Far from a “Burden,” NATO Has Delivered a High Return on Investment

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In recent years, US support for the North Atlantic Treaty Organization (NATO) has rapidly waned from its post-Cold War peak. According to a poll by the Pew Research Center, just 58% of US respondents expressed support for NATO, which is a sharp drop of four points from 2023, despite the Russia’s ongoing war raging in Ukraine. Similarly, only 66% of Americans say that NATO membership benefits the country, down from 69% in 2022.

As NATO member nations gather to celebrate the 75th anniversary of the alliance at the July 9-11 Summit in Washington DC, it would give European allies a critical boost of confidence to see strong support from prominent members of both parties. But if the hostile, isolationist narrative takes over, we should be very concerned about the future of our national security structures.

It’s true that Western Europe has enjoyed a vacation from history since the end of the Cold War.  Their economies thrived under the assumed guarantee of the US security umbrella, public spending was directed away from defense, while energy reliance on Russian gas was thought to disincentivize conflict. But Russia’s February 2022 invasion of Ukraine abruptly awoke Europe from that pleasant dream, and ushered in a new era in which Europe must play a much larger geopolitical role.

Former President Donald Trump and his supporters have sharply complained about NATO, arguing that allies have been taking advantage of the United States. During a speech at a rally earlier this year, Former President Trump shocked observers when he said he would “encourage” Russia or other enemies to “do whatever the hell they want” with NATO countries who aren’t paying enough.

Though we should always be careful to separate Trump’s campaign rhetoric from actual policy proposals, there is a concerning tendency among his supporters to view security alliances on a zero-sum transactional basis. According to their view, many countries “owe NATO billions of dollars” to compensate for past US spending.

This isn’t just deeply misleading, but flatly false. There are no unpaid dues, bills, or invoices among NATO members, no one owes any debt to any other member. There is the commitment of 2% of GDP to be spent on defense, which was agreed at the 2014 NATO Summit in Wales, and actually, we have seen the strongest growth of defense spending among members in the past several years. This year it is expected that twenty-two out of the thirty-two total member countries will meet or exceed the 2 percent target, including France and Germany.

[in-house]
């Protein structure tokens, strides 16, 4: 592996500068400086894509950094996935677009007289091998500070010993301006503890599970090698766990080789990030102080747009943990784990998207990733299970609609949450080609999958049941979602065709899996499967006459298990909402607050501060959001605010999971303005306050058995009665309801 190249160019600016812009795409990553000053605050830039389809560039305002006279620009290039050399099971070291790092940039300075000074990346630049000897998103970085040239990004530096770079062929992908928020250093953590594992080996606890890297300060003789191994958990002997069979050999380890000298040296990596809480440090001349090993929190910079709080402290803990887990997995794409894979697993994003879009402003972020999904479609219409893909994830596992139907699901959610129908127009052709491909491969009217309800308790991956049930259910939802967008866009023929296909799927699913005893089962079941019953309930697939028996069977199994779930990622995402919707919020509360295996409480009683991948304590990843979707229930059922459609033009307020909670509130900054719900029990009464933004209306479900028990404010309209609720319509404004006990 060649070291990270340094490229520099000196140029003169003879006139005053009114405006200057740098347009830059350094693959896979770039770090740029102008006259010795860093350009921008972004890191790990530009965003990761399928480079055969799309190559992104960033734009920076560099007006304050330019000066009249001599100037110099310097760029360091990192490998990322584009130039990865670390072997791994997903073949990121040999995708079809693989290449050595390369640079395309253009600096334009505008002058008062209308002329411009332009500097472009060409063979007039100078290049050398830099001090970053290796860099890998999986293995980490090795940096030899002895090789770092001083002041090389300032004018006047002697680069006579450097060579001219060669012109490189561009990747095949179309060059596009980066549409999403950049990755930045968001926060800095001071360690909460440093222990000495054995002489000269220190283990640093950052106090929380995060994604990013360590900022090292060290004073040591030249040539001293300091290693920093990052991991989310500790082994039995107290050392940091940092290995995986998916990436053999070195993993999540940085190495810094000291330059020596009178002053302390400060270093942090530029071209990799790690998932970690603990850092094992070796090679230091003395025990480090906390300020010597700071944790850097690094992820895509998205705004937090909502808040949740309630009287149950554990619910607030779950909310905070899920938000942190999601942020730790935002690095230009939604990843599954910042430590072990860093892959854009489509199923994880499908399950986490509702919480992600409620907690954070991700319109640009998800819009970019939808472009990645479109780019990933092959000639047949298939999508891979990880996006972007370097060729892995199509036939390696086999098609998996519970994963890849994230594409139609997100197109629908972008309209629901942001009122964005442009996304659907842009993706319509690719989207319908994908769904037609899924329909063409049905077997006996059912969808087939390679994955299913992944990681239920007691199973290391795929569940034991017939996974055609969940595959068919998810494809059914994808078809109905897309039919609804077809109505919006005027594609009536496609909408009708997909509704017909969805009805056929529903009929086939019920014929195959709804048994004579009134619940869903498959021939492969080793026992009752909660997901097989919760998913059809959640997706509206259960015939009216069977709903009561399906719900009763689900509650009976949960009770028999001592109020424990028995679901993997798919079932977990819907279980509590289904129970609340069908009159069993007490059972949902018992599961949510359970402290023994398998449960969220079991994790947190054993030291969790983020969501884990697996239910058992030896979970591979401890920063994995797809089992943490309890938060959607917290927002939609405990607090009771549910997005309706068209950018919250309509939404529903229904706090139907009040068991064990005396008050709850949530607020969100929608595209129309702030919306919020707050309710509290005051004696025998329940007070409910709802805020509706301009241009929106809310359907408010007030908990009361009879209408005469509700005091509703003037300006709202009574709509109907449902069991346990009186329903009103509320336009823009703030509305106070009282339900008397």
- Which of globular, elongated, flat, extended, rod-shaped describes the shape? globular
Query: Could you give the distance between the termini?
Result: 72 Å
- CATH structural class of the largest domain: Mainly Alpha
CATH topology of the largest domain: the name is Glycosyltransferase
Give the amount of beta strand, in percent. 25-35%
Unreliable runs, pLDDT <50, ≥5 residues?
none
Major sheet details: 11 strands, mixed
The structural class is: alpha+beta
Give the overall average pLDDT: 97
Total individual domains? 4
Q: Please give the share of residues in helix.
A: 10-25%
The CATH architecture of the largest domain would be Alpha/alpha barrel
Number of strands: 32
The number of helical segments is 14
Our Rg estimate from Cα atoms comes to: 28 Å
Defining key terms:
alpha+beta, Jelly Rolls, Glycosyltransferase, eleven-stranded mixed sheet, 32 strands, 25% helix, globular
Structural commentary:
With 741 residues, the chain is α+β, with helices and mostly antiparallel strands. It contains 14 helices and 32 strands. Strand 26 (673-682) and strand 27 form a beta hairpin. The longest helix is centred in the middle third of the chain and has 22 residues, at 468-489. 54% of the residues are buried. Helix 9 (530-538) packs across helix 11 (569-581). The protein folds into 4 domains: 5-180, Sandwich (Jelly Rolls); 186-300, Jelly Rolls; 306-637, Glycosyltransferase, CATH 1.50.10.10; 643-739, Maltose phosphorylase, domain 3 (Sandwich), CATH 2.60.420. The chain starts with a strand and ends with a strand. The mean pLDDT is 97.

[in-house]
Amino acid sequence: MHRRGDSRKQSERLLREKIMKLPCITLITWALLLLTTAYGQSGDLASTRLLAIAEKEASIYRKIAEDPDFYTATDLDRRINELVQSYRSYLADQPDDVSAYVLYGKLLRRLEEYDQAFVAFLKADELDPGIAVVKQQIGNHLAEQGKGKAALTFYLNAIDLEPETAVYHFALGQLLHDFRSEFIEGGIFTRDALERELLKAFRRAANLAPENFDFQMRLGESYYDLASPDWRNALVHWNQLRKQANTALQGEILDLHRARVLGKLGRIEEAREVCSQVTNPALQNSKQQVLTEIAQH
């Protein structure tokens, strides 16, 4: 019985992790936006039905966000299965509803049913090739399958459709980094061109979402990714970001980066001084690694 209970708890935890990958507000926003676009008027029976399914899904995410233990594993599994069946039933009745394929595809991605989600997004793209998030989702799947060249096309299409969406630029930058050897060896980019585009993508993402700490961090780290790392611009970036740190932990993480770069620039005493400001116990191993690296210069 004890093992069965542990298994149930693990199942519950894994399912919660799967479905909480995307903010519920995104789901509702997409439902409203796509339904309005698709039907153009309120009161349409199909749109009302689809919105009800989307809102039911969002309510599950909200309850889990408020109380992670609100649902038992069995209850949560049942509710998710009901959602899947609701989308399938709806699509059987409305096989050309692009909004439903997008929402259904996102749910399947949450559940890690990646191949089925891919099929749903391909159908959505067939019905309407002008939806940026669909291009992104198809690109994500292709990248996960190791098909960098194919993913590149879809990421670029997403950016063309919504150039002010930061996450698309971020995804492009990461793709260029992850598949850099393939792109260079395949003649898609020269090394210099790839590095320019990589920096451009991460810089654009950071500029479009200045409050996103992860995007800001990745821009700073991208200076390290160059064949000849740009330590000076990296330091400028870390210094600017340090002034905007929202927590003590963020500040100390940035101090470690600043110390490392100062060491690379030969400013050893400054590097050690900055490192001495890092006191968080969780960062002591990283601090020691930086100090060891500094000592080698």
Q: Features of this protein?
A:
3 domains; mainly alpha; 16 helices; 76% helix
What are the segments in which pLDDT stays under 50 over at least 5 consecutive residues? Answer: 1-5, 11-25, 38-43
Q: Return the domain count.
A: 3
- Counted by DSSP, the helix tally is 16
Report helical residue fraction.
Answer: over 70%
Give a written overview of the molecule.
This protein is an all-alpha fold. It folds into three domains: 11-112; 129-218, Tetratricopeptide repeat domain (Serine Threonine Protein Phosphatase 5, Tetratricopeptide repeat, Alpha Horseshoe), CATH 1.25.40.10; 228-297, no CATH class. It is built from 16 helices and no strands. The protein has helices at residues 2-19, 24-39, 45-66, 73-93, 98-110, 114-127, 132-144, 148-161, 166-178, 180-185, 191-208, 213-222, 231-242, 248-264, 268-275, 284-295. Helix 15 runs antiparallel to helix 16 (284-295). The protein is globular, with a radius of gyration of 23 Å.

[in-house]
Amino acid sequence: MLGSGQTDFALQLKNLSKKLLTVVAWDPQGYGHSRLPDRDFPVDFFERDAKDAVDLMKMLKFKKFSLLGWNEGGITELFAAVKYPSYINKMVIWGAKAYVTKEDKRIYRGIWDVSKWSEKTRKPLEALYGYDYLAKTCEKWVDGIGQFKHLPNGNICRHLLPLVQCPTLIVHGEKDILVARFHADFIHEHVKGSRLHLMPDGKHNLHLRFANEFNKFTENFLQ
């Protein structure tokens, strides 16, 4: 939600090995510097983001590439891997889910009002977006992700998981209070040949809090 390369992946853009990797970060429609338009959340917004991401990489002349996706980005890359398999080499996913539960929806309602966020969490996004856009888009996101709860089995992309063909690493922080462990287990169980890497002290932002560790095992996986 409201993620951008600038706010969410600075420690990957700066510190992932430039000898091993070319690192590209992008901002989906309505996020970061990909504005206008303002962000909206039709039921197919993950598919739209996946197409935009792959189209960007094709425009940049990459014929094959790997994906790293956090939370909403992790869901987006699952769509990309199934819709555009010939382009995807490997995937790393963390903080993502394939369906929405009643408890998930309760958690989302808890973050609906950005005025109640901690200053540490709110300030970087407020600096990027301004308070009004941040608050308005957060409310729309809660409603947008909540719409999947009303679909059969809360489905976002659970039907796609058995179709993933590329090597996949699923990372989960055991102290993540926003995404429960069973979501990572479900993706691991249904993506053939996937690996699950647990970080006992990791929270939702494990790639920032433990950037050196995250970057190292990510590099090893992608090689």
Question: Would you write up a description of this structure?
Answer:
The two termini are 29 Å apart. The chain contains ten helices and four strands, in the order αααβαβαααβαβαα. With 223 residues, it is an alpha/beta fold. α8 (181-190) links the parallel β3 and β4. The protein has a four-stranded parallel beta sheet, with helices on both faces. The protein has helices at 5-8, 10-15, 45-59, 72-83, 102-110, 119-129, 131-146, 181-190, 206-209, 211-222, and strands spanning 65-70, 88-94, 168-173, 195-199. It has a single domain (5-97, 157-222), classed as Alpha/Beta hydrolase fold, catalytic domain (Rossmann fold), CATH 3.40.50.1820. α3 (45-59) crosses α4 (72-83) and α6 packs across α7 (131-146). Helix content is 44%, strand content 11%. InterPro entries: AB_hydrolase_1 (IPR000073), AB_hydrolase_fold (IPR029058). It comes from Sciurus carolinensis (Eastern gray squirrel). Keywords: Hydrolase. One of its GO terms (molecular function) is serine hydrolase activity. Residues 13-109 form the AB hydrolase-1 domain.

However, if we must look at NATO from a transactional basis, then we should consider return on investment. Far from being a burden on the US taxpayer as argued by the isolationists, the United States has benefitted enormously from the alliance.

Firstly, in terms of raw defense spending, the United States has not expended budget on behalf of other nations. In fact, without NATO, US defense spending would in fact have to be much higher. Thanks to NATO, the United States is better prepared to defend itself and is able to apply its resources more effectively. The common funding mechanisms and joint military exercises on NATO ensure that member nations share the costs of defense, which helps mitigate the financial strain on a single nation. Additionally, the standardization of equipment and interoperability among NATO forces means that the U.S. can operate seamlessly with its allies, enhancing overall military readiness.

Secondly, the US benefits from the position of leadership in the global economy. By leading NATO, the United States maintains significant influence over global security policies and initiatives. This leadership role allows the U.S. to shape the strategic direction of the alliance, ensuring that its interests and values are represented on the global stage. In particular, we are seeing the emergence of coordinated defense industrial strategies among NATO allies, including the European Defense Industrial Strategy (EDIS), which aims to lay out a framework not only to dramatically increase manufacture of munitions, but to compete globally in technology, innovation, agriculture, and energy.

Lastly, there is the simple face value of deterrence from attack. A mutual defense treaty with such a large, geopolitically important bloc greatly improves US national security at a much lower cost than going at it alone.

But Trump and other Republicans are not wrong to criticize and call for reform and modernization of NATO. Europeans cannot be free-riders, and they now need to recognize that unexpected events, such as the Russian invasion of Ukraine, can happen at any time. They need to comply, contribute, and make up for the losses during times of their under-delivery.

Working together, we can reform NATO according to the geopolitical realities of the 21st century. We need to work together on fair terms to address the threats not only in Eastern Europe but also in the Middle East and Indo-Pacific, which include not only military threats but also hybrid warfare, such as economic disruption and disinformation.

By not focusing solely on values but also on economic ties and self-sufficiency, the West can be better prepared to stand ready against the tyrants of the world who fear our freedoms. Indeed, NATO has been one of the smartest investments made by the US government in the past century.


Bilal Bilici is a Member of Turkish Parliament and Foreign Affairs Committee Member.

The views expressed in this article belong to the author(s) alone and do not necessarily reflect those of Geopoliticalmonitor.com.

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